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GEN’s editor in chief, John Sterling, interviews life science academic and biotech industry leaders on important research, technology, and trends. These podcasts will keep you informed with all the important details you need.
Hypertension is a major health problem that when left untreated can lead to heart disease, stroke, and kidney failure. African Americans are more likely to develop high blood pressure and develop it earlier in life than Caucasians. While the reasons for the heightened risk in African Americans remain largely unknown, new evidence may provide some insight.
Dr. TanYa Gwathmey from the Wake Forest University Baptist Medical Center studies the factors that contribute to having high blood pressure, particularly in African Americans. Her group found that there are racial differences in the activity of enzymes that make or breakdown a major regulator of blood pressure. And her results correlate with the bias of African Americans being more at risk.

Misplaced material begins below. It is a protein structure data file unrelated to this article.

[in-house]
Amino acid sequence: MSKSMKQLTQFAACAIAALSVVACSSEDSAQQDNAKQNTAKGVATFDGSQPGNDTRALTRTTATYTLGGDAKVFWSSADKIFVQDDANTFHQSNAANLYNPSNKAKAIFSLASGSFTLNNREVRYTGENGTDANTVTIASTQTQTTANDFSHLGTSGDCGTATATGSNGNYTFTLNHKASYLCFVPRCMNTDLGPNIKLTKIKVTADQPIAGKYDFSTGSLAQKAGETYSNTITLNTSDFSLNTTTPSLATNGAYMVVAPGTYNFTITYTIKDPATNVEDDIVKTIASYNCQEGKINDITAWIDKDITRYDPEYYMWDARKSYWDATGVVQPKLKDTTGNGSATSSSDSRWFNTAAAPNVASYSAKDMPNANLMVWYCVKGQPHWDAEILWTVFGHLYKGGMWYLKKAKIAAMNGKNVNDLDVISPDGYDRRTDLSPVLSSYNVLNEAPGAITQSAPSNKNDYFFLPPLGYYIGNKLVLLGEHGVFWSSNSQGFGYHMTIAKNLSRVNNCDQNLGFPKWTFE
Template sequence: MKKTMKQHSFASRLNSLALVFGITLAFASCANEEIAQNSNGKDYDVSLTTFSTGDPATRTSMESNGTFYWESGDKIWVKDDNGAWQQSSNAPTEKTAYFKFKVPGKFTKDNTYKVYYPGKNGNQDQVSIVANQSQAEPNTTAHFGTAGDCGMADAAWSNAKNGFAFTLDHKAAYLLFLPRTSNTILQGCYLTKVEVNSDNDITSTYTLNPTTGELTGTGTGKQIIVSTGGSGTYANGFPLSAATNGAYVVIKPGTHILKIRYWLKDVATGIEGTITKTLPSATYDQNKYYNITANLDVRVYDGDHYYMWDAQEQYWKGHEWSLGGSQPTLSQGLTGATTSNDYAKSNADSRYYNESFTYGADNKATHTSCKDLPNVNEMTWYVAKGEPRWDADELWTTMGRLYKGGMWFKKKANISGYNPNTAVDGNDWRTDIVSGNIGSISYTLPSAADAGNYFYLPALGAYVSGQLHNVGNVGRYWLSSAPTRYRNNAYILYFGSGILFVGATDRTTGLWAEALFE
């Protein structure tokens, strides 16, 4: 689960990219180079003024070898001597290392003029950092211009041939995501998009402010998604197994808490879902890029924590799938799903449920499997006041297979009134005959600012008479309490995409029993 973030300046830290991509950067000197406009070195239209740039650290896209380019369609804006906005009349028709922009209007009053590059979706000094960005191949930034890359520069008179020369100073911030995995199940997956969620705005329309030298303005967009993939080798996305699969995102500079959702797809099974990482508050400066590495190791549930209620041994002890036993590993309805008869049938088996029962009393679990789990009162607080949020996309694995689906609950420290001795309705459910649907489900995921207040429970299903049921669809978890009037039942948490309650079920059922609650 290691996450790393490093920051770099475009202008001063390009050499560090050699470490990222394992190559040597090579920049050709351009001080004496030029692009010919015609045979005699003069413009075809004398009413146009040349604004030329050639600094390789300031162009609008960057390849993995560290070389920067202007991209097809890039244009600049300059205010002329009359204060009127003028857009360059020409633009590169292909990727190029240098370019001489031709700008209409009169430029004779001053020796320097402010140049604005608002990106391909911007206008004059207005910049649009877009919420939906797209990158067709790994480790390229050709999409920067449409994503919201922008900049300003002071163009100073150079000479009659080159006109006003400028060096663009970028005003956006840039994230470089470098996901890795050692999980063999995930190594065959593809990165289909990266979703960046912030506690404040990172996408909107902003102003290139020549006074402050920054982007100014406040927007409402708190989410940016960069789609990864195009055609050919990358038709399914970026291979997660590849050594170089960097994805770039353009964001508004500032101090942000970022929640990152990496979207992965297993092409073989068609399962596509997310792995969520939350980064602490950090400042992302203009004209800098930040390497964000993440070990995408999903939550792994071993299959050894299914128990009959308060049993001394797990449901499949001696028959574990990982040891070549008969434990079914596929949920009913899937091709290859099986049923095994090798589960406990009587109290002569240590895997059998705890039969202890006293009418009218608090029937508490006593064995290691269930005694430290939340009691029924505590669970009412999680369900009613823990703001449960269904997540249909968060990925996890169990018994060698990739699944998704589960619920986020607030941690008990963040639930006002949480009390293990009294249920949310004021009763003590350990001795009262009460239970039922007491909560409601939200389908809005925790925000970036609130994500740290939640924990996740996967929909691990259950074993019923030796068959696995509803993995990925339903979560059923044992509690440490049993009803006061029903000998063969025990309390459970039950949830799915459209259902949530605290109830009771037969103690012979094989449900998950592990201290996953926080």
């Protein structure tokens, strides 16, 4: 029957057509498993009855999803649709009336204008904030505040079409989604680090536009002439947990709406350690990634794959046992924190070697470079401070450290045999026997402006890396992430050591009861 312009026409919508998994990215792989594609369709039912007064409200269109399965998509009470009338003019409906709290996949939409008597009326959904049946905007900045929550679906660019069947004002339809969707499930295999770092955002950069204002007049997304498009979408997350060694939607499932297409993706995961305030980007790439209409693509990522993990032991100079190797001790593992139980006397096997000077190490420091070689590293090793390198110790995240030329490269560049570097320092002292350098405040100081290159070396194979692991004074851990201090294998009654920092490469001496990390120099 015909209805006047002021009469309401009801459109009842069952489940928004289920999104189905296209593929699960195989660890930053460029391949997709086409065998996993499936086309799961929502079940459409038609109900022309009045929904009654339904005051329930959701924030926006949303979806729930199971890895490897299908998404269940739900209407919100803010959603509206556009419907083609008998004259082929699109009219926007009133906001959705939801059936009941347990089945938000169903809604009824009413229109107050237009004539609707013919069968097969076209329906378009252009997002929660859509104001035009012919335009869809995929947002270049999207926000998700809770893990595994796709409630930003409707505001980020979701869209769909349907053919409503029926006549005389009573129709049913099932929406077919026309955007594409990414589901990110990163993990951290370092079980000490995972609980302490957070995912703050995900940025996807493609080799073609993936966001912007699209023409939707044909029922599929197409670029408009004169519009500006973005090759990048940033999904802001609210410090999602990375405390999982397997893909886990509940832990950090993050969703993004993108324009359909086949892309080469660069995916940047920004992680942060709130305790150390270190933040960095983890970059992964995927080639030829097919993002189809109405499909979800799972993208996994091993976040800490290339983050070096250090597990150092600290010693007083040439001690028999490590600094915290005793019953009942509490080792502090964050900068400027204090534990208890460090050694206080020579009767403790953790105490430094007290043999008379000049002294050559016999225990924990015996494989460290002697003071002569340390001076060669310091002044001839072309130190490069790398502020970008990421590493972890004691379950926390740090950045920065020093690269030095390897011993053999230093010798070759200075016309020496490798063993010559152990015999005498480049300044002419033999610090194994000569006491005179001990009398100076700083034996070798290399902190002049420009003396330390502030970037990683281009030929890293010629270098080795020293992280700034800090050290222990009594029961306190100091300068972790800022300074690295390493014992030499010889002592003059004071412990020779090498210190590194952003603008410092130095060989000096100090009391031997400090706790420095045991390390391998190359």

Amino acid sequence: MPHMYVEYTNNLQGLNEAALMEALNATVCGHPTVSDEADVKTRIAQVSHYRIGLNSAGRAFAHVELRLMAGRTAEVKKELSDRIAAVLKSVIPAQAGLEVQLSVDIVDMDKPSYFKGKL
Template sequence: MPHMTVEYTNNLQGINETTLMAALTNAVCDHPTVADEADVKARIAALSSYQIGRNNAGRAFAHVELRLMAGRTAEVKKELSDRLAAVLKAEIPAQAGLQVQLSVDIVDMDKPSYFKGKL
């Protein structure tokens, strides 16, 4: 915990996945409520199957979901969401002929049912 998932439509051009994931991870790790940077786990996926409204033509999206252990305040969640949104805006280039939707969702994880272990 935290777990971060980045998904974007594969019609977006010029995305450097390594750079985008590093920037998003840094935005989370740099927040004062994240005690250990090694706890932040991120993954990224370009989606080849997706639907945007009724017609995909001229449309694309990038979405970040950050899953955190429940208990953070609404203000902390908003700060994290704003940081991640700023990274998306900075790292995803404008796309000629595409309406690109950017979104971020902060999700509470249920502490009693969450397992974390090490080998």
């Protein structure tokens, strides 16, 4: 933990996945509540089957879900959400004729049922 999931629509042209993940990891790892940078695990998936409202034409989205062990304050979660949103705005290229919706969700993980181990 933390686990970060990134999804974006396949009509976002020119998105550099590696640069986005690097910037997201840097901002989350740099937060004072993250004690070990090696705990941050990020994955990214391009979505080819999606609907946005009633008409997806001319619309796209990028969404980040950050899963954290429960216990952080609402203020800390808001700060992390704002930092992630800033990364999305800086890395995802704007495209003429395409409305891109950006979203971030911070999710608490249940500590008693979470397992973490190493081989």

During this week’s Podcast, Dr. Gwathmey talks about angiotensins and the roles they play in blood pressure regulation. She discusses her team’s recent findings about biochemical differences that affect blood pressure in Caucasians and African Americans and how they correlated their discovery with the observation that African Americans are indeed at higher risk for developing hypertension.
Dr. Gwathmey also goes on to point out how these findings might be used to predict, as early as possible, the risk for developing high blood pressure.
Dr. TanYa Gwathmey is a reproductive physiologist with extensive training in renal physiology and the renin angiotensin system. Her research focuses on the impact of fetal programming on the development and function of the kidney, hypertension and renal injury. Dr. Gwathmey is particularly interested in elucidating the mechanisms responsible for the increased incidence of high blood pressure and renal disease in African Americans.